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Economy, tax incentives & labor conditions
The worst violations occur, as is often the case, in the export processing zones (EPZs). Barely 6 per cent of the workers are union members, largely due to the employers' hostility towards unions. Very few of the unions in the zones have real collective bargaining power. Since the companies are financed by floating capital the factories are regularly closed so there is chronic instability for the workforce. Simply threatening that the company will leave the country is a very effective way of silencing the workers and preventing them from getting organised. The actual closures that do take place destroy any efforts to organise that were under way. In November 2006 it was reported that 20 factories had closed during the year, representing 5,000 jobs.
Those companies that do have trade unions are tirelessly seeking ways of destroying them so that can carry on imposing their policies at will. Mass dismissals, including the leaders or founder members of trade unions, are a key ploy for getting rid of unions or preventing the creation of new ones. Another tactic is to offer workers incentives for leaving a union. Where unions exist, companies try to break them up but also ignore their rights in practice. Cases of arbitrary breaches of collective agreements are common and constitute attacks on workers’ main bargaining tool.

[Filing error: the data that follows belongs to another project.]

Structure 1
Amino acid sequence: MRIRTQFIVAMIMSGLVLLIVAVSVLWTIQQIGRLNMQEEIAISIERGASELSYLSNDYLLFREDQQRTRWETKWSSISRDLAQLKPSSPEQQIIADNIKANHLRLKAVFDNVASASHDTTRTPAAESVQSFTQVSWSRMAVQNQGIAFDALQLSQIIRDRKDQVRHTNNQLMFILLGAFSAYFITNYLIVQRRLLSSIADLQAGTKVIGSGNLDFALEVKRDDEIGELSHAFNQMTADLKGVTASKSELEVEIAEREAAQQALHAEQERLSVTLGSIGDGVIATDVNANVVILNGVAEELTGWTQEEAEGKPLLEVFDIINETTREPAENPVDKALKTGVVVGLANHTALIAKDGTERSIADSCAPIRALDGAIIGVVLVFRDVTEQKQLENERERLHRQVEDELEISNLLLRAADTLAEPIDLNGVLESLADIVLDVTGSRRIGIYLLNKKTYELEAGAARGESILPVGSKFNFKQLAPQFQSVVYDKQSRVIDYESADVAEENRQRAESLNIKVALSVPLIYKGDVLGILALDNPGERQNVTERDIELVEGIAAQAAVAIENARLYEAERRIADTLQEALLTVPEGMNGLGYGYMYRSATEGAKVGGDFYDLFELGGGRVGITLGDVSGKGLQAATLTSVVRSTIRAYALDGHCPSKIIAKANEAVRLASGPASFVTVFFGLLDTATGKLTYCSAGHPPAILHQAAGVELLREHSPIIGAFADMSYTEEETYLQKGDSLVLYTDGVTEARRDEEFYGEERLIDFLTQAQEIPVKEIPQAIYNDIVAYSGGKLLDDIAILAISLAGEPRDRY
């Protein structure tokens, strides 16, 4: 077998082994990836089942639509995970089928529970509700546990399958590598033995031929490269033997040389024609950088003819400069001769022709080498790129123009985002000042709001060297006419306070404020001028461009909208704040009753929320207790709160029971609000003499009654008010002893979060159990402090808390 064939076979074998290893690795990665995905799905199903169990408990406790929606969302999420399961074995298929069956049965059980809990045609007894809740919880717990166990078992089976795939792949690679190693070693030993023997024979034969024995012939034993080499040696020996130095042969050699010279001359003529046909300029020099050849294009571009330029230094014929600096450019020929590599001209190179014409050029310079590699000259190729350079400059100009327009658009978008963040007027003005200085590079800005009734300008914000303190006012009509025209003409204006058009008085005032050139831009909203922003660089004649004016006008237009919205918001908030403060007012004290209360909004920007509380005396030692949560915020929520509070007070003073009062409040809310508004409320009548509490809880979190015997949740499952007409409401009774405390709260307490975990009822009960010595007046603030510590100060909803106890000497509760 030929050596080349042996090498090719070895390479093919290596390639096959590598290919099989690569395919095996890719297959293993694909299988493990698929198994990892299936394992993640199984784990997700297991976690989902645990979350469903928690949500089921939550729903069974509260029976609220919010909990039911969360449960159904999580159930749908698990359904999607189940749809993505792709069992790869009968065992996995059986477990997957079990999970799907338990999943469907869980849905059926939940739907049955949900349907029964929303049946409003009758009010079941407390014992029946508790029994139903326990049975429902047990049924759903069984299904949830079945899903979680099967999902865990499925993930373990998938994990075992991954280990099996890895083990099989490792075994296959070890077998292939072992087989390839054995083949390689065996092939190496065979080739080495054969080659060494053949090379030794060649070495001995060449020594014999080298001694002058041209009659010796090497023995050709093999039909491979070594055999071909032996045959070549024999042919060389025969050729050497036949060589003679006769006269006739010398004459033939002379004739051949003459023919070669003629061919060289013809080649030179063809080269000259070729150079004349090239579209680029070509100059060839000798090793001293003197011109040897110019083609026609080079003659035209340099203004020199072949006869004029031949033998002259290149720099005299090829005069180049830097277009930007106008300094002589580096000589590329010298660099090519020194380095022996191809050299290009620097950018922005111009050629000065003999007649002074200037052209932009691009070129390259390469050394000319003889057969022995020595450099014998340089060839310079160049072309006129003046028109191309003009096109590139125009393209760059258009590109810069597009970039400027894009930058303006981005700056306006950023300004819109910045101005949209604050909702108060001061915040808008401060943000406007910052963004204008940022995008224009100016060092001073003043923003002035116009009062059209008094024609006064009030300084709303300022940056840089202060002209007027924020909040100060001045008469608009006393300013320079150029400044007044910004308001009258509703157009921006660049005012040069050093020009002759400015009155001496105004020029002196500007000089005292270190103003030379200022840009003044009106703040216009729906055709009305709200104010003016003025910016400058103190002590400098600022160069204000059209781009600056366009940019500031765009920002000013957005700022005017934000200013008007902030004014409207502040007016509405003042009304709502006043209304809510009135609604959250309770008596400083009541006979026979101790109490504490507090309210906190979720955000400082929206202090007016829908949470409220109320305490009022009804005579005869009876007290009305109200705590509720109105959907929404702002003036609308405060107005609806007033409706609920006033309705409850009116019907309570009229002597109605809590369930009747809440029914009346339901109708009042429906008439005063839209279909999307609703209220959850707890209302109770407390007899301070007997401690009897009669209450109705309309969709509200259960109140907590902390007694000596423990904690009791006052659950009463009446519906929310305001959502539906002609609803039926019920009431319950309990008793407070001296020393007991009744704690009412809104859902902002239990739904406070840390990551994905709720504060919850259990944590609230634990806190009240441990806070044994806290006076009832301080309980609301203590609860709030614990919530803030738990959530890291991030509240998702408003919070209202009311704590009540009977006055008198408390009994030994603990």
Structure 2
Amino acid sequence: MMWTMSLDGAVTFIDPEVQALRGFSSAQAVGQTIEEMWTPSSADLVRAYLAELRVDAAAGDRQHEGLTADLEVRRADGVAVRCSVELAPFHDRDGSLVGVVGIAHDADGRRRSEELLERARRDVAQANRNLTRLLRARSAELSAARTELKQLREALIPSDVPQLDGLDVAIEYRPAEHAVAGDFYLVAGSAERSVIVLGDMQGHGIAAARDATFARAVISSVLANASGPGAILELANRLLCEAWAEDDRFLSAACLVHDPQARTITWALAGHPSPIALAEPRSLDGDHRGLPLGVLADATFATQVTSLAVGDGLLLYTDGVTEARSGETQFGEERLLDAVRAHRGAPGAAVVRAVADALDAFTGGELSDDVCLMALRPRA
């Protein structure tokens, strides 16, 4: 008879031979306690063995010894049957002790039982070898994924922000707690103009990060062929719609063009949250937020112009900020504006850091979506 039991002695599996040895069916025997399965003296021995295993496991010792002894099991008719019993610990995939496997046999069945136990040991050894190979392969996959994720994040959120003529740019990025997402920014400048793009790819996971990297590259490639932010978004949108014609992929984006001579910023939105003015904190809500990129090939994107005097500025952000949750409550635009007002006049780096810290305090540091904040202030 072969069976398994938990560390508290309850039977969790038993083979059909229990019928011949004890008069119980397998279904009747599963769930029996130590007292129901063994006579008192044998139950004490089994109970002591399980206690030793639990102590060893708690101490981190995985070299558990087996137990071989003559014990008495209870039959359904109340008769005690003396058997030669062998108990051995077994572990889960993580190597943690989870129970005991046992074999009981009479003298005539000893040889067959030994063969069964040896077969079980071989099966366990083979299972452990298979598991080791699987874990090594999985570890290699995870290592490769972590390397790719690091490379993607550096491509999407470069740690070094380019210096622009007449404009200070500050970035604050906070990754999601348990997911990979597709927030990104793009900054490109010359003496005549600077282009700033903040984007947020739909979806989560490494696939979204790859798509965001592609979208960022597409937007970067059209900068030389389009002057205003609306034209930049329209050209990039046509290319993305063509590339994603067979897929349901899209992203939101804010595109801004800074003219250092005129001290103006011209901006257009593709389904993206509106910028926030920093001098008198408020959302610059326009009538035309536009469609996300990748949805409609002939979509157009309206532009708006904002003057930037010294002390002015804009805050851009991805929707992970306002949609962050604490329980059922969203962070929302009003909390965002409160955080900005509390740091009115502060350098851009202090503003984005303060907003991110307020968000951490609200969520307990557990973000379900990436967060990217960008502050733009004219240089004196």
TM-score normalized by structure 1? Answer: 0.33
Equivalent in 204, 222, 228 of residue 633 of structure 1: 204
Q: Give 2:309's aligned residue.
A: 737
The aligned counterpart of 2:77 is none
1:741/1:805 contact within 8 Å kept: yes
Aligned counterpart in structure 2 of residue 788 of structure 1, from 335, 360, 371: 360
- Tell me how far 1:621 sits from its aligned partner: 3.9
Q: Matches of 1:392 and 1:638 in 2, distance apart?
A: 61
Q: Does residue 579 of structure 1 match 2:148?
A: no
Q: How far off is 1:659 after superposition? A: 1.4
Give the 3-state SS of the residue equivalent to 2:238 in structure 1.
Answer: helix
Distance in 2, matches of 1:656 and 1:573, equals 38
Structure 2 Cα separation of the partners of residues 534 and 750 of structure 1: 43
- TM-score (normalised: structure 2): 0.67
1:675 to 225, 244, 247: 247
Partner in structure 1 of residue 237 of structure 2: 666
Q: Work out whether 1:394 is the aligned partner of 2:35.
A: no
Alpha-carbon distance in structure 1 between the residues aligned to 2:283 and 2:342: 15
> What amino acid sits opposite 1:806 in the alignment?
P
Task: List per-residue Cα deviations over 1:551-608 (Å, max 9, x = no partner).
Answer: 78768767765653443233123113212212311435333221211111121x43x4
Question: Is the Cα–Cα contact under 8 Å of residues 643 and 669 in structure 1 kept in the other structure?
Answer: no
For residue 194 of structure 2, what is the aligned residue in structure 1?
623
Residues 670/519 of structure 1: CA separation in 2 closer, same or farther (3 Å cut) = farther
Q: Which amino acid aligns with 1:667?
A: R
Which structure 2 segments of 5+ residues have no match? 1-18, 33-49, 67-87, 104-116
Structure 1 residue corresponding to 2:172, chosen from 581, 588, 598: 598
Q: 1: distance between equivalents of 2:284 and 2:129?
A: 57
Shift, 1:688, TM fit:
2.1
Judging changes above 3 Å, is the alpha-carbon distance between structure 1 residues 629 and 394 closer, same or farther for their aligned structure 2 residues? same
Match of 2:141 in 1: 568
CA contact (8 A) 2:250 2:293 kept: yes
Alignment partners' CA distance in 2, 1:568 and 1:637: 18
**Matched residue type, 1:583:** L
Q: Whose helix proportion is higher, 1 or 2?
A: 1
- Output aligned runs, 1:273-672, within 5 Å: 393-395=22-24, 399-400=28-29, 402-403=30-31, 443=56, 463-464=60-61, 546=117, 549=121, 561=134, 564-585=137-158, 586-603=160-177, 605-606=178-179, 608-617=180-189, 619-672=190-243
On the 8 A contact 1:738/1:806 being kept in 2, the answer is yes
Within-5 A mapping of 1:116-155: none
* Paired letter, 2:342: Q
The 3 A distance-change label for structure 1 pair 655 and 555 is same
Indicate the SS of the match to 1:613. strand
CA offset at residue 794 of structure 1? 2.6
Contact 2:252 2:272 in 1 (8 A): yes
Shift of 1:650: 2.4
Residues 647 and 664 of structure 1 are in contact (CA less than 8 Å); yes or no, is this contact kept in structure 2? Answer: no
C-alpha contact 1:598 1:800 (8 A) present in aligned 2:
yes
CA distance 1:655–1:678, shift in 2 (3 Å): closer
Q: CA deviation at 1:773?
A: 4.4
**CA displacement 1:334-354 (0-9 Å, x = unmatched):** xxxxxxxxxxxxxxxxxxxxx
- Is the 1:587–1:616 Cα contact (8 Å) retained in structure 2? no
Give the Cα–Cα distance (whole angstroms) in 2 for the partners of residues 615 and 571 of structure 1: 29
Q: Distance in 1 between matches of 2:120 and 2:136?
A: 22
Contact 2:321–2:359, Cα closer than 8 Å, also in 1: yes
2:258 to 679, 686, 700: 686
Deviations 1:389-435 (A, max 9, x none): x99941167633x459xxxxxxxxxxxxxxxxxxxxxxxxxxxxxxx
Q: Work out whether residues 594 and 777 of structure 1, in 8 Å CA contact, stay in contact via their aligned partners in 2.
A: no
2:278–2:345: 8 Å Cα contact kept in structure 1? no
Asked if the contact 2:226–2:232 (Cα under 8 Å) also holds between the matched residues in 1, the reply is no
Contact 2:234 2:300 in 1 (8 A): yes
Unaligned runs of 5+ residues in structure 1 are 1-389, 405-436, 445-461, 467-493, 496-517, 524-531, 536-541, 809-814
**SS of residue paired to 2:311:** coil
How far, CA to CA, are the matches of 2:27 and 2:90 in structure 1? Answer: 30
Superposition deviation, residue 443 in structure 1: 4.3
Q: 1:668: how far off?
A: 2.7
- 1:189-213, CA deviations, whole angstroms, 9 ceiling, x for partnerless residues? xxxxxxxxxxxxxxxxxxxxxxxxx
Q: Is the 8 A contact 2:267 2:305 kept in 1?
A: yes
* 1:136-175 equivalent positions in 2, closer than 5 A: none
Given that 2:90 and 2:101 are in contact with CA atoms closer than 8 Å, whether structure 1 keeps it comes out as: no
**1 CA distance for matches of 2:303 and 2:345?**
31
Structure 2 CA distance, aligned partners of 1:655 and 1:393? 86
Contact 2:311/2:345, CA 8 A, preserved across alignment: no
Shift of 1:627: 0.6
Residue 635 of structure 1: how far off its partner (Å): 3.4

Free trade zones: OPINSA - Siglo XXI
Zona Franca Granada
Zona Franca Index
Zona Franca Industrial Las Mercedes
Zona Franca Mateare
Zona Franca San Cristobal
Zona Franca San Marcos
Zona Franca Saratoga
Zona Franca Senika
Main labor right violations
2006 Coca Cola Co. 87